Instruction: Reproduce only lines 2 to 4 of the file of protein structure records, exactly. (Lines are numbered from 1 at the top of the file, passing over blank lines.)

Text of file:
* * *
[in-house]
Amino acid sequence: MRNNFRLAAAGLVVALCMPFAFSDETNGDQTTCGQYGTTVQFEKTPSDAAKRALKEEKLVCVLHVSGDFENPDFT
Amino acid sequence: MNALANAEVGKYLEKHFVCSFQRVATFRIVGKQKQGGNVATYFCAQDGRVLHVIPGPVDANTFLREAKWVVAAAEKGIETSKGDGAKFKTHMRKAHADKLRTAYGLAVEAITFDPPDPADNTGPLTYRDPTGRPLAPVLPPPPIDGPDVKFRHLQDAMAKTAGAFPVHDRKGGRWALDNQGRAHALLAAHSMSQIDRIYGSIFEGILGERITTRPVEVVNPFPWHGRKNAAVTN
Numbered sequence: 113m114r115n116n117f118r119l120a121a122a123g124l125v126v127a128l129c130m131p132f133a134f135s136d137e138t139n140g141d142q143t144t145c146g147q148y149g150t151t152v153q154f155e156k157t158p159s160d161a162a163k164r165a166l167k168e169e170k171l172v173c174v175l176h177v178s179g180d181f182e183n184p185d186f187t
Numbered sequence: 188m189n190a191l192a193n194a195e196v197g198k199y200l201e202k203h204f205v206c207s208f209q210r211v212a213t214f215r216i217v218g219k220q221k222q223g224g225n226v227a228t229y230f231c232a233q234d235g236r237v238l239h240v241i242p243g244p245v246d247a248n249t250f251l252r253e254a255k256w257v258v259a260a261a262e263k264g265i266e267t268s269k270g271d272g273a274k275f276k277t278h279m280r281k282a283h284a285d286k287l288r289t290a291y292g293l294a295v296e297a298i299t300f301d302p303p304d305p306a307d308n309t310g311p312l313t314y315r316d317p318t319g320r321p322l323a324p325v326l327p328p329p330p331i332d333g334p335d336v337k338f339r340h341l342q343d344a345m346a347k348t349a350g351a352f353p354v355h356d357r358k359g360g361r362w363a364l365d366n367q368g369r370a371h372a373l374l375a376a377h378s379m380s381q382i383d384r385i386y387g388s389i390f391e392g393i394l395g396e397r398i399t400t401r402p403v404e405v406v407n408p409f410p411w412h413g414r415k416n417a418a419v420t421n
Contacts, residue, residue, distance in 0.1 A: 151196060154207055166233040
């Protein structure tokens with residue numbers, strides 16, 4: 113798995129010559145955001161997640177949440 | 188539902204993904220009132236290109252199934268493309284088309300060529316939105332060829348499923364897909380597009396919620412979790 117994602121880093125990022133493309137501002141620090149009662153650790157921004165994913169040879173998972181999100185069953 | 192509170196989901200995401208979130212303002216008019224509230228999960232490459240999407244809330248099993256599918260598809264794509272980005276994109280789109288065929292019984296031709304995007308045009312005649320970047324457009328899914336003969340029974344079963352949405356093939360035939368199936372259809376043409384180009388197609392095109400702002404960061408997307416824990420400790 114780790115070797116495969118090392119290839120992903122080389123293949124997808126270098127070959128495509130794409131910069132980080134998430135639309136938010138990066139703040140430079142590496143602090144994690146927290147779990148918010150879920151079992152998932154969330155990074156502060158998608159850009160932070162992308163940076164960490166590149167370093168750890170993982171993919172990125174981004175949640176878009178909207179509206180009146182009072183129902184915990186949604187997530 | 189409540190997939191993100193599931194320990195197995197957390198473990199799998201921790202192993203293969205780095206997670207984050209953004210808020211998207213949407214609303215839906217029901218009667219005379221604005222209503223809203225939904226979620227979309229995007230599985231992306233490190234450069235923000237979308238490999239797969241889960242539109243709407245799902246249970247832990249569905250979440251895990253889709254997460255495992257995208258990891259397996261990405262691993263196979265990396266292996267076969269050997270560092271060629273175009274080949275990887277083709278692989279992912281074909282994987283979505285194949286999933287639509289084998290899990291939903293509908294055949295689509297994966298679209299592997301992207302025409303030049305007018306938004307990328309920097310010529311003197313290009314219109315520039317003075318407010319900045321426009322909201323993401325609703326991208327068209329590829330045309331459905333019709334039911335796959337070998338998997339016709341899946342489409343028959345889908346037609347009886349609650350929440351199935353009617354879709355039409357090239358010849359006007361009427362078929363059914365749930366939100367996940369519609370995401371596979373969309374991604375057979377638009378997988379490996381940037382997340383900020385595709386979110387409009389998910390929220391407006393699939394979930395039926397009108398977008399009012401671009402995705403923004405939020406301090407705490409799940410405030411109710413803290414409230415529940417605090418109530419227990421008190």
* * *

Amino acid sequence: MRNNFRLAAAGLVVALCMPFAFSDETNGDQTTCGQYGTTVQFEKTPSDAAKRALKEEKLVCVLHVSGDFENPDFT
Amino acid sequence: MNALANAEVGKYLEKHFVCSFQRVATFRIVGKQKQGGNVATYFCAQDGRVLHVIPGPVDANTFLREAKWVVAAAEKGIETSKGDGAKFKTHMRKAHADKLRTAYGLAVEAITFDPPDPADNTGPLTYRDPTGRPLAPVLPPPPIDGPDVKFRHLQDAMAKTAGAFPVHDRKGGRWALDNQGRAHALLAAHSMSQIDRIYGSIFEGILGERITTRPVEVVNPFPWHGRKNAAVTN
Numbered sequence: 113m114r115n116n117f118r119l120a121a122a123g124l125v126v127a128l129c130m131p132f133a134f135s136d137e138t139n140g141d142q143t144t145c146g147q148y149g150t151t152v153q154f155e156k157t158p159s160d161a162a163k164r165a166l167k168e169e170k171l172v173c174v175l176h177v178s179g180d181f182e183n184p185d186f187t